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Mile High Sports

Recruiting flexibility is key for Jon Embree and the Buffs

Saturday excitement has returned to the campus of the University of Colorado in a storm of food, sun, beer and 53,000 people cheering on the Buffaloes. Jon Embree is reigniting the passion of the black and gold faithful in Boulder. Nationally, however, Embree still has strides to make in returning the CU football program to prominence and he needs help from the administration.

Joining the Pac-12 put CU in a conference they always felt they academically belonged. The academic admission standards of becoming a Buffalo have always rivaled those of their new West Coast counterparts. Under the last head-coaching regime, this proved as a recruiting disadvantage.

History has shown that the football team needs flexibility around the rigors of the academic admission standards. During the glory years of CU football, coach Bill McCartney was allowed to enroll a limited number of non-academically qualified athletes. Embree needs the same opportunity – with one qualifier. Embree, and his coaching staff, must be held accountable for the educational success of these “wild card” recruits.

At this point, you can assume the academic community just stopped reading; but the truth is that a quality football team benefits the university as a whole. Football is unquestionably the highest revenue generator at major universities. Multiple budgets depend, and thrive, on a quality football program. So a quality football program can’t be stifled by broad stroke academic standards.

Before moving on, something needs clarifying. Embree and his recruiting staff shouldn’t be allowed to operate free of admissions standards just because they run a football team. They must still to be forced to meet standards.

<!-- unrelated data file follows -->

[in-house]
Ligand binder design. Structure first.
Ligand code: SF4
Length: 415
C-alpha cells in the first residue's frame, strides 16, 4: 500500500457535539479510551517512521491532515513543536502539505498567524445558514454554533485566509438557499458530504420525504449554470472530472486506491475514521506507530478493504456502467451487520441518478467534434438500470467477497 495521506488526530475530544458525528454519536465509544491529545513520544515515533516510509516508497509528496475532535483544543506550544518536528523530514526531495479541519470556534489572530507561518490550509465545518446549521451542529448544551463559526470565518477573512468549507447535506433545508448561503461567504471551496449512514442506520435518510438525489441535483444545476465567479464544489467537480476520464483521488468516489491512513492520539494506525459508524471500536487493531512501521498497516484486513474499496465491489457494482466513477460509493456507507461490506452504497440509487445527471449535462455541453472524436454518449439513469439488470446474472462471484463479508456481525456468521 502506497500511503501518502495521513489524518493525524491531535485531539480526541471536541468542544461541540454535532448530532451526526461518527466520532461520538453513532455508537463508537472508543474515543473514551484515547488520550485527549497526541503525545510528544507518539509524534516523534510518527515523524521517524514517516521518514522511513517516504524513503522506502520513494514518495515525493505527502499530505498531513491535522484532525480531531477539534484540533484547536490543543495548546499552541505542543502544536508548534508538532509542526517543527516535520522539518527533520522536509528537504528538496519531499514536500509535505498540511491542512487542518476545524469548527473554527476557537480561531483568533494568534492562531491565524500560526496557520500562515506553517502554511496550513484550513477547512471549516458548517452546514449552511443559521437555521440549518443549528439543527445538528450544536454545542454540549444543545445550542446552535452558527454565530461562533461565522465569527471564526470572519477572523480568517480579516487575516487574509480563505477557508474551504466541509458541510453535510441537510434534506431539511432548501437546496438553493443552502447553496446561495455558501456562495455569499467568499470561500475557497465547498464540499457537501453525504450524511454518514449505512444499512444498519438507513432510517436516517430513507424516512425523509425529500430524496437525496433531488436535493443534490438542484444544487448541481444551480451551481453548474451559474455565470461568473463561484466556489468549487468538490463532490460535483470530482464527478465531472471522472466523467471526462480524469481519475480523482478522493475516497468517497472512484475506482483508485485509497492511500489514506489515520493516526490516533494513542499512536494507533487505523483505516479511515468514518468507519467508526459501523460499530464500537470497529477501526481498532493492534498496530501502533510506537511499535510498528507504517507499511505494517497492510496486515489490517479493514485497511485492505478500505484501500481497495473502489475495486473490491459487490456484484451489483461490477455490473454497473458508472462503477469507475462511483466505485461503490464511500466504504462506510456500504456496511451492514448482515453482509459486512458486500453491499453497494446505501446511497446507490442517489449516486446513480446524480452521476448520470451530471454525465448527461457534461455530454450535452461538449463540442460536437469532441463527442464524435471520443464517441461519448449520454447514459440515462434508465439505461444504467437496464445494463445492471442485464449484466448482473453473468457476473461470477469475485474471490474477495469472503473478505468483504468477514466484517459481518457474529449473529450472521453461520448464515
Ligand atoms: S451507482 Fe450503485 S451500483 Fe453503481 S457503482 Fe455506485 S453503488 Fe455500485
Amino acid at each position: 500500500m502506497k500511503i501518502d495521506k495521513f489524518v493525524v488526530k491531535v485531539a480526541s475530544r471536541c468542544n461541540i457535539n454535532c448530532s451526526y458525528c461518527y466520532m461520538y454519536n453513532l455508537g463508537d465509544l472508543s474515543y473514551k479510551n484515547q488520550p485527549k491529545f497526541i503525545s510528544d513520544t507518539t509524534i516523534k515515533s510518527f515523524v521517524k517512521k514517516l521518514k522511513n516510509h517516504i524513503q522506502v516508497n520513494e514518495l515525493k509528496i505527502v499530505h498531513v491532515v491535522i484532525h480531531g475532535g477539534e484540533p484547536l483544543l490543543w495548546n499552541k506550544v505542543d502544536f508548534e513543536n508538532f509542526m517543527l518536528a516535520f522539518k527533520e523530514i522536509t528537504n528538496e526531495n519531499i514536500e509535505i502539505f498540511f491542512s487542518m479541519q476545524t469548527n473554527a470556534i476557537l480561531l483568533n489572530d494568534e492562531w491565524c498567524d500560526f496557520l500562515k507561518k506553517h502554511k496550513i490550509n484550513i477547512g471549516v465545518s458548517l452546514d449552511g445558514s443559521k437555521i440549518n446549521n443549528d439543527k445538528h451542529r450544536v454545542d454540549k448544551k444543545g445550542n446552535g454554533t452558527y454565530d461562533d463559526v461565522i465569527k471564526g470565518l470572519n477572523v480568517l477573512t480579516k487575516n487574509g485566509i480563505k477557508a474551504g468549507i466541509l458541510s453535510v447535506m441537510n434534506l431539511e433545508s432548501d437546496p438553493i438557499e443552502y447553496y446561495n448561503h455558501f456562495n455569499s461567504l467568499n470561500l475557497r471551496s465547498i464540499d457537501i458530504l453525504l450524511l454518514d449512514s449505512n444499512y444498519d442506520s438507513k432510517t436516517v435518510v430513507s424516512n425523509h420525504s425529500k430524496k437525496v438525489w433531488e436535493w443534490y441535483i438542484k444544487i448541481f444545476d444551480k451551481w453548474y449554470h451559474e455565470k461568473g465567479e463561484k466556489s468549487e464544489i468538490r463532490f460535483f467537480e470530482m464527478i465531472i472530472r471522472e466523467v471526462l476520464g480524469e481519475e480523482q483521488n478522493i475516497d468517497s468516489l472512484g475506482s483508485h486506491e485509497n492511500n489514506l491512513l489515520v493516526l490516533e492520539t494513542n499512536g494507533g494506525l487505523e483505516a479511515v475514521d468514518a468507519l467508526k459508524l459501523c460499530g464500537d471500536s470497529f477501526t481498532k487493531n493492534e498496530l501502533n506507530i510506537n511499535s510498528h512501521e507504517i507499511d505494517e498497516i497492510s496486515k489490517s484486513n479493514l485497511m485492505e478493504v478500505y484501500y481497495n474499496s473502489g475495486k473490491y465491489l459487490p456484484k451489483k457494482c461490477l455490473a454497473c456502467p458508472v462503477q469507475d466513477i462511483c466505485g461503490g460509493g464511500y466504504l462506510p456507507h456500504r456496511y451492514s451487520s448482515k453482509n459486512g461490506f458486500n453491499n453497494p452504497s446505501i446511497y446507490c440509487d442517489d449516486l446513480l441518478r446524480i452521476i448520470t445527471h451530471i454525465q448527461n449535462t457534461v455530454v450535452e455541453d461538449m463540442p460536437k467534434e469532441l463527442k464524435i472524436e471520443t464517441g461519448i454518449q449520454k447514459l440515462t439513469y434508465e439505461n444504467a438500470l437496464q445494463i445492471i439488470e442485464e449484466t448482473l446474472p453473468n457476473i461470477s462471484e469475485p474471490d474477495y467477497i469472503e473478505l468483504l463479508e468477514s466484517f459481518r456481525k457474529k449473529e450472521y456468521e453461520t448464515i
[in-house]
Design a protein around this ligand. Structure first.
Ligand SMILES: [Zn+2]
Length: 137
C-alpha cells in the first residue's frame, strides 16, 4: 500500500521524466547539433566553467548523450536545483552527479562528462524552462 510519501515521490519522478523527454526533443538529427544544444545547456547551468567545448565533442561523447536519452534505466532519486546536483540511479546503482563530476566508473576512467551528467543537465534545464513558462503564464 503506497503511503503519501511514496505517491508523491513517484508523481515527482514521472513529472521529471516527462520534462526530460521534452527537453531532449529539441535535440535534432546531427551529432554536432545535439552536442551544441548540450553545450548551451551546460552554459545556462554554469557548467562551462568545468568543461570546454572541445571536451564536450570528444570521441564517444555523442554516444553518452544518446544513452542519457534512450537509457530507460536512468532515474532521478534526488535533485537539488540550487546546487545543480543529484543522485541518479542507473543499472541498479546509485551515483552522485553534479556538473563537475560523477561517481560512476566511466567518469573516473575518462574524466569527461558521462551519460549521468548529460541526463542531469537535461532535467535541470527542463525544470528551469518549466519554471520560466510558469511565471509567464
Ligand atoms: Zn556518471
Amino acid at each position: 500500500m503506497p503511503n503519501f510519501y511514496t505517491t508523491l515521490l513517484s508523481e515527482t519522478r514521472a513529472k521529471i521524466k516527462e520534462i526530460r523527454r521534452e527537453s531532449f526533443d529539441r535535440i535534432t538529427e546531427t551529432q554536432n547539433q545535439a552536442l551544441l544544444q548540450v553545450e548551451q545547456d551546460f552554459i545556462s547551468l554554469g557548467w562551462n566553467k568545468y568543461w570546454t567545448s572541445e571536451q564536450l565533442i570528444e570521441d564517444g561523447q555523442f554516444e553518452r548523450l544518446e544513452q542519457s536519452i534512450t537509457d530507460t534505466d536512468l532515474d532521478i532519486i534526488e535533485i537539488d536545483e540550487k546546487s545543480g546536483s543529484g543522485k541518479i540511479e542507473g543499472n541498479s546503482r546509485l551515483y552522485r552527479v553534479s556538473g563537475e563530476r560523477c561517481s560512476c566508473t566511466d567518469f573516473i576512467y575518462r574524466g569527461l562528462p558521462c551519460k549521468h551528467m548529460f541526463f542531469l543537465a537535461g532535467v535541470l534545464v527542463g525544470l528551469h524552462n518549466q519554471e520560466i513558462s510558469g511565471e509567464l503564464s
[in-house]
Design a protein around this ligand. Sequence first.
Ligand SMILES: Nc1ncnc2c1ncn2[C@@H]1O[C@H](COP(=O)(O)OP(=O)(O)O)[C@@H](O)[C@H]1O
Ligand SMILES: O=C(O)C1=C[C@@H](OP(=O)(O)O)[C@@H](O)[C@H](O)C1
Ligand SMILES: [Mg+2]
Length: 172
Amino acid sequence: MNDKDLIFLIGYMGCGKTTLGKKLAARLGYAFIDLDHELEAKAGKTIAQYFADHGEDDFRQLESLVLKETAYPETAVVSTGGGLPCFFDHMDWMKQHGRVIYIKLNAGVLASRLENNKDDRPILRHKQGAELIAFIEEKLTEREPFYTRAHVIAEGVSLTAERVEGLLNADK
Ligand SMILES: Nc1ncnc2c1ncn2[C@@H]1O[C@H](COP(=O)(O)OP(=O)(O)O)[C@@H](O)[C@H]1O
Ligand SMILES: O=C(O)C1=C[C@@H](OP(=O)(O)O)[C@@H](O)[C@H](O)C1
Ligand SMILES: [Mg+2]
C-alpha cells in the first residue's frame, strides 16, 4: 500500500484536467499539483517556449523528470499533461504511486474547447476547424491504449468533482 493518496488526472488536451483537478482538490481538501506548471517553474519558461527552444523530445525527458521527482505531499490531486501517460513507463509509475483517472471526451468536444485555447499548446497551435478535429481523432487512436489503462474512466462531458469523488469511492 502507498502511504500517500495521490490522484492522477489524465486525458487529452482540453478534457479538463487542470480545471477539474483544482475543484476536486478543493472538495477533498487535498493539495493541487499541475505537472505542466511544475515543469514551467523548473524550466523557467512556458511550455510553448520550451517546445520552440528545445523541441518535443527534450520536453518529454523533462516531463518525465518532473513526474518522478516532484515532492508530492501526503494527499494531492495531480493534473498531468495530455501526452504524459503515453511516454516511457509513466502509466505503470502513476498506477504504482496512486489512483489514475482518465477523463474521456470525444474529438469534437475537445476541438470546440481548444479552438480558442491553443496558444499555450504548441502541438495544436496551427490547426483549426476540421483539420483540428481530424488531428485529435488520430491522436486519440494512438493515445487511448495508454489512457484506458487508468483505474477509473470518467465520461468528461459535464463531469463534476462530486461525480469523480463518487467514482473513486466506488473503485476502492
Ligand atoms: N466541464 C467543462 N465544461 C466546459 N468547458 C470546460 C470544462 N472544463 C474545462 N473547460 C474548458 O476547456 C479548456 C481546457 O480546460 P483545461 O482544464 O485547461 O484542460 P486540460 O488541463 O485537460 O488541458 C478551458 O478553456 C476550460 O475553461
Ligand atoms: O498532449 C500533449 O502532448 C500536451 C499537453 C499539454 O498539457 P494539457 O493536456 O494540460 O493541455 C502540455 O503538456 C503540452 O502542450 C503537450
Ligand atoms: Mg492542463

On the other side of the coin, you can’t assume all high schools prepare students equally. Recruits should be dealt with on a case-by-case basis. College athletics have the chance to provide educational opportunities where high schools have failed.

A balance must be found. The fact is that Embree isn’t preparing football players for the NFL – only a very small percentage of college football players go pro. Rather, the coach is preparing men for life. He needs the opportunity to mold young men from all walks of life.

If Embree is allowed a limited number of under-qualified academic athletes, he must personally take responsible for their academic success. In other words Embree, and his football program, must make it a priority to get these wild cards college degrees.

This philosophy can certainly spiral out of control. That is why Embree must be held accountable for his ability to judge the athletes who just need a chance and the ones that don’t get it and never will.

College football coaches live and die on their ability to recruit. Replenishing the coffers with talent is the hardest part of maintaining a consistently good football program. CU president Bruce Benson and athletic director Mike Bohn have a masterful recruiting tandem in Embree and Eric Bienemy. Now, they need to untie their hands and let them build on the momentum them have created.

No question that improving the football program isn’t the driving force behind loosening admission restrictions. Not admitting that is unfair. But it’s also unfair to not admit that a better football program doesn’t benefit the school. It’s unfair to not think that Embree can’t positively influence a greater number of young men given the opportunity.

Is this a tricky line to toe? No doubt. But Embree has been given the keys to Folsom Field and he is bringing back the passion to Buffaloes football. Now, he needs the tools to extend his reach, influence demographics he isn’t and bring CU football back to the upper echelons of college football.

Everyone can see that Embree has put the Buffs back on the right track. He now just needs the trust the administration gave his mentor. The trust given wont be regretted.

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